Drill – used for different tasks depending on which drill ‘bit’ is used – the tip that is inserted into the chuck. Can drill holes into different materials, as well as tighten or loosen screws. Drills are great for hanging pictures, putting up shelves and assembling flat-pack furniture. 

Types of drill bit: 

  • Wood - small, pointed tip
  • Metal - wide-angled, pointed tip
  • Masonry - gently sloping tip
  • Screwdriver - tightens or loosens screws

Head to our guide to buying the best cordless drill to find out more.

Spirit level – used to show how horizontal (level) or vertical (plumb) a surface is, which is great for putting up shelves or hanging pictures correctly. 

Pliers – two pairs will be useful: linesman's pliers and needle-nose pliers, to use for cutting and bending wires, gripping small objects and reaching awkward places. 

Superglue – helpful for making small repairs and sticking various materials such as metal, ceramic, leather, rubber, vinyl and some plastics.

Sandpaper – useful for cleaning and smoothing wood or metal so it’s ready for finishing or painting, or for removing bathroom grout stains. Find out more about keeping your bathroom well maintained.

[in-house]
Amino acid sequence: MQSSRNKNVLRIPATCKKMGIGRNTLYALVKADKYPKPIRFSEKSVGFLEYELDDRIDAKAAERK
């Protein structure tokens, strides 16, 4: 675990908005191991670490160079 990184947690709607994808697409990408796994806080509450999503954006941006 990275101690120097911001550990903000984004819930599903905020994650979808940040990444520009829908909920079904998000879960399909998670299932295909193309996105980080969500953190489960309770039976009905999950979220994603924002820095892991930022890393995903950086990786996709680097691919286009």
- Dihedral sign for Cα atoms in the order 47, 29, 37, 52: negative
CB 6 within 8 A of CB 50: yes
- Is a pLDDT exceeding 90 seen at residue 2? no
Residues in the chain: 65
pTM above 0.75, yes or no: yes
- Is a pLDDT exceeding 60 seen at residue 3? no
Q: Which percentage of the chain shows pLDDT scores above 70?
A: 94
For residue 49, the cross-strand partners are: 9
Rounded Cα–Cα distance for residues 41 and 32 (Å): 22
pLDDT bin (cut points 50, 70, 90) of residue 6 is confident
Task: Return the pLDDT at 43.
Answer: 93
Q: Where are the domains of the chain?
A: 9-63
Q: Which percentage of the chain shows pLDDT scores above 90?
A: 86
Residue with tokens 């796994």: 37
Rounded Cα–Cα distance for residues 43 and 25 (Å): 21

Torch – always helpful for working in a dark area, or during a power cut. Consider a head torch if you want to keep your hands free while using other tools. 

WD40 – a sprayable lubricant used to protect metal from rust and corrosion, displace moisture, move stuck parts or displace moisture. 

Gaffer tape – many uses such as binding around the handle of something for more grip or temporarily stopping a leaking pipe, as it's stickier and stronger than regular adhesive tape.

A cross head screwdriver (top) and flat head screwdriver (bottom).

A cross-head screwdriver (top) and flat-head screwdriver (bottom).

A toolbox equipped with all these tools will prepare you for a range of DIY projects and repairs. 

We've tested a wide range of brands to find the best hammers and best screwdrivers to use for common DIY tasks. 

Additional tools that you may need 

Allen keys (also known as hex keys) – often L-shaped tool used to install bolts and screws with hexagonal heads.